Effects of isoflavones on breast density in pre- and post-menopausal women: a systematic review and meta-analysis of randomized controlled trials

SRD Senior Lecturer in Research Synthesis and Nutrition, School of Medicine, University of East Anglia, Health Policy and Practice, Norwich NR4 7TJ, Norfolk, UK.
Human Reproduction Update (Impact Factor: 8.66). 10/2010; 16(6):745-60. DOI: 10.1093/humupd/dmq011
Source: PubMed

ABSTRACT Isoflavones from soy and red clover exert modest hormonal effects in women, but the relevance to risk of breast cancer is unclear. The aim of this meta-analysis was to assess the effects of isoflavone-rich foods or supplements on a biomarker of breast cancer risk, women's mammographic density.
Electronic searches were performed on The Cochrane Library, Medline and EMBASE (to June 2009), and reference lists and trial investigators were consulted to identify further studies. Randomized controlled trials (RCTs) of isoflavone-rich foods or supplements versus placebo with a duration of at least 6 months were included in our analysis. Inclusion/exclusion, data extraction and validity assessment were carried out independently in duplicate, and meta-analysis used to pool study results. Subgrouping, sensitivity analysis, assessment of heterogeneity and funnel plots were used to interpret the results.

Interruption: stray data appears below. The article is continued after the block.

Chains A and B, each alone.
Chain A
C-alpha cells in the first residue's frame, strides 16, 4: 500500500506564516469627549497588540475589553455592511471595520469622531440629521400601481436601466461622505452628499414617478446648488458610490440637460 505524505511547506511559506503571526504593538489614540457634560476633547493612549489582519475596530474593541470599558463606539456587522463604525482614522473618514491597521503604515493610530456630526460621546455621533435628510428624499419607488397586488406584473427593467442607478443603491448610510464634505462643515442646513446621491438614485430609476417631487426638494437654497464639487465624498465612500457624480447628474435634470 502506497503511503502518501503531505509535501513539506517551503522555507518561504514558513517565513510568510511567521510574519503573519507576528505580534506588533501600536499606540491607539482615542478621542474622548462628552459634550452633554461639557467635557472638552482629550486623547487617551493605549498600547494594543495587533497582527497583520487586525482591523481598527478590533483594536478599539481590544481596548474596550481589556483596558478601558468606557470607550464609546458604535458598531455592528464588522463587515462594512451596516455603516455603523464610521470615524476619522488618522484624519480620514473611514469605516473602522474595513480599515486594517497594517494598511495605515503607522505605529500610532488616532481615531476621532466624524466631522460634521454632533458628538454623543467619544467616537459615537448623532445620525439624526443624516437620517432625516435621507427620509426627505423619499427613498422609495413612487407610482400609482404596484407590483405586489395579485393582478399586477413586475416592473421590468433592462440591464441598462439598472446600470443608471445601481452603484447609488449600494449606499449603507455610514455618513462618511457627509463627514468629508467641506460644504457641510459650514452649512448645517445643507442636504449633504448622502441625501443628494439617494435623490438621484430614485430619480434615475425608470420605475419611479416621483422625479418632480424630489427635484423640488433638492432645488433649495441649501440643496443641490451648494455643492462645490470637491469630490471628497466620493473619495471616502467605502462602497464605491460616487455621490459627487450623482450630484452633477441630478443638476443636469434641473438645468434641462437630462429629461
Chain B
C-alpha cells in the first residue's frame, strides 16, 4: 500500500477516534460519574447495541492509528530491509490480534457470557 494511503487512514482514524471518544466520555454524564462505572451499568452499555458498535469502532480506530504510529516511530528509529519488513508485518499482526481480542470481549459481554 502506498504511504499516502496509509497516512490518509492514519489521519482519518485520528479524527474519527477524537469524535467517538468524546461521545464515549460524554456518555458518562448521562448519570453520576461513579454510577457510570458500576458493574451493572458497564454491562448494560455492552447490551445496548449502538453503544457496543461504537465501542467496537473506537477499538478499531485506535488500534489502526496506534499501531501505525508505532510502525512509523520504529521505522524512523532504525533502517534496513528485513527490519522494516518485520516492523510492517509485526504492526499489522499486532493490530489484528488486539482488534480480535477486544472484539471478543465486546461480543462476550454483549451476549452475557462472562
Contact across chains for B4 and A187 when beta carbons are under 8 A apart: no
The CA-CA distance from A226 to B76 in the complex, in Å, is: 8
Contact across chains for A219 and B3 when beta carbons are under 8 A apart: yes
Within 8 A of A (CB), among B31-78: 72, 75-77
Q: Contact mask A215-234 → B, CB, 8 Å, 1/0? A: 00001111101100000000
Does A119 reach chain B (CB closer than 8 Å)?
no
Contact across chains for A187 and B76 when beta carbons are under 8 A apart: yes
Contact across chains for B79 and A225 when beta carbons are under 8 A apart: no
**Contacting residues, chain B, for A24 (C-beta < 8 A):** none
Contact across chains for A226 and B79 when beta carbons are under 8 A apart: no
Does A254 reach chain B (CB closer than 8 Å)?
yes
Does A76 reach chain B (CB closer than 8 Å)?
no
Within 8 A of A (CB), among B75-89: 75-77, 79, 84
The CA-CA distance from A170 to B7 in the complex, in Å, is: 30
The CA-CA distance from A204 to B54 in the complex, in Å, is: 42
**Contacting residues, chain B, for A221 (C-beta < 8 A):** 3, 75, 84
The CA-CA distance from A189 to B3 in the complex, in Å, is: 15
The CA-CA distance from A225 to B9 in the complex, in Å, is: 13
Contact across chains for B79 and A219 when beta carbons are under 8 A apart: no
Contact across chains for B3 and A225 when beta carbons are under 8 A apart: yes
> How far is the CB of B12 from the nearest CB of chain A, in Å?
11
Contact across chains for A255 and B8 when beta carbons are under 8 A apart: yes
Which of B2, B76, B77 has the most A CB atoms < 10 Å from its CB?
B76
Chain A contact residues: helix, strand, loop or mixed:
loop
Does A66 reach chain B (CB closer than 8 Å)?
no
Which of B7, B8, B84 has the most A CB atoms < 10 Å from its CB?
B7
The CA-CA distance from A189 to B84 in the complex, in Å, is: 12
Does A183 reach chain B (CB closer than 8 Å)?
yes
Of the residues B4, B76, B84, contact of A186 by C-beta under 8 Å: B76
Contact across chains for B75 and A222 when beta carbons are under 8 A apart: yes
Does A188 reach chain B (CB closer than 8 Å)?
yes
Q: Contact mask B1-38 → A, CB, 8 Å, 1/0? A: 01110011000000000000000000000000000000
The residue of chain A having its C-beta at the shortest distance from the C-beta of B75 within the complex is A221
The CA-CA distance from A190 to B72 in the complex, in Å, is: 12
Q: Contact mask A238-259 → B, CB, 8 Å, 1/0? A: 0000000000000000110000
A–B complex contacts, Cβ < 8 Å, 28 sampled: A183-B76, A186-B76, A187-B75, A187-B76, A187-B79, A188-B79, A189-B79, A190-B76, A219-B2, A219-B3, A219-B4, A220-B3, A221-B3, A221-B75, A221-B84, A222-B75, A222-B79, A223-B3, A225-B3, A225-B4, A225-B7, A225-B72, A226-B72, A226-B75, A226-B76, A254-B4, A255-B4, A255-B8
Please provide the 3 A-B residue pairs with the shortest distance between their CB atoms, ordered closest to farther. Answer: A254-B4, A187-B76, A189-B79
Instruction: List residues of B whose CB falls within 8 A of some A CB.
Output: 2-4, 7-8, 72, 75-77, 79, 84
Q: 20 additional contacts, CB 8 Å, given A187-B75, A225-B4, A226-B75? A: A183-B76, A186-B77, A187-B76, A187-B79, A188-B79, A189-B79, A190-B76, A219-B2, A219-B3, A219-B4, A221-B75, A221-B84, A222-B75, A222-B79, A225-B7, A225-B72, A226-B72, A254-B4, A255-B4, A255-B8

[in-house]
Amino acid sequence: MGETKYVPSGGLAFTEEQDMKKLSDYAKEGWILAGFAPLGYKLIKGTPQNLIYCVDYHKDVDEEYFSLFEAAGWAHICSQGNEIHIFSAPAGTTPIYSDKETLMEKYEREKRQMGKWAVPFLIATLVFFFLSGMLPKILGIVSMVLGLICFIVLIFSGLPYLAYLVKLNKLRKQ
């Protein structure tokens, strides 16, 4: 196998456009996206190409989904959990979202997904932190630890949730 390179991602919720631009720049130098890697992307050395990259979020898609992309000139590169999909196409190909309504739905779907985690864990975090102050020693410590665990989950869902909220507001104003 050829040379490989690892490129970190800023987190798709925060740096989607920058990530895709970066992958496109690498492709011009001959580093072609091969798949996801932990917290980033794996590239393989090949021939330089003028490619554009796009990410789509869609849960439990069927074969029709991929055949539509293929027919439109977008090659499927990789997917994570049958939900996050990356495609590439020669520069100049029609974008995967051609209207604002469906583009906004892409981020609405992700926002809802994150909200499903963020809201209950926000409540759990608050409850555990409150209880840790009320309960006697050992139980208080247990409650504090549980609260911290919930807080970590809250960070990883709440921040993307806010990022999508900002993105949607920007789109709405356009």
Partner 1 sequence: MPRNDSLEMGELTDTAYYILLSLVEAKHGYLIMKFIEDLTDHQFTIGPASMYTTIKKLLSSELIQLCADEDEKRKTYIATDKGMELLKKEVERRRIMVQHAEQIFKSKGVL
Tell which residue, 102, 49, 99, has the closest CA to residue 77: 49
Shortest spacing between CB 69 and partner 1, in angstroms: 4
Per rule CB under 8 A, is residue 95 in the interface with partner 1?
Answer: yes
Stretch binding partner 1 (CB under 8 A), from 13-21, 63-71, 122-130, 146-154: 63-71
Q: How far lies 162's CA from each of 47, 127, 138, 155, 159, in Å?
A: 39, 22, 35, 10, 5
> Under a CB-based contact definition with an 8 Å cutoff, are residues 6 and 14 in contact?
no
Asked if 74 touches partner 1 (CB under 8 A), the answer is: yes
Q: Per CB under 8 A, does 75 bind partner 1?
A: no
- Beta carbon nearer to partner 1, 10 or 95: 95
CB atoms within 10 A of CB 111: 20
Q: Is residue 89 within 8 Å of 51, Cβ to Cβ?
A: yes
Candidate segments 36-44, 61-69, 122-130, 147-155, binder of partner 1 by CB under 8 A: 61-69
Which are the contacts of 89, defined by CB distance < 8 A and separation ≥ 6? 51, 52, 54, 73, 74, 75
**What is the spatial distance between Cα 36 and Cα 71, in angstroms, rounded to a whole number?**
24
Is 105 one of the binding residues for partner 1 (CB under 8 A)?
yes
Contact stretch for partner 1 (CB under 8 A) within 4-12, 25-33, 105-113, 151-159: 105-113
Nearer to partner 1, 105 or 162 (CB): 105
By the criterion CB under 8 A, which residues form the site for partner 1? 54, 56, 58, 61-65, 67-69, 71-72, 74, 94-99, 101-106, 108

Eight RCTs (1287 women) compared isoflavones with placebo for between 6 months and 3 years. Meta-analysis suggested no overall effect of dietary isoflavones on breast density in all women combined [mean difference (MD) 0.69%, 95% confidence interval (CI) -0.78 to 2.17] or post-menopausal women (MD -1.10%, 95% CI -3.22 to 1.03). However, there was a modest increase in mammographic density in premenopausal women (MD 1.83%, 95% CI 0.25-3.40) without heterogeneity but this effect was lost in one of three sensitivity analyses.
Isoflavone intake does not alter breast density in post-menopausal women, but may cause a small increase in breast density in premenopausal women. Larger, long-term trials are required to determine if these small effects are clinically relevant.

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Available from: Sam J Leinster, Jul 08, 2015
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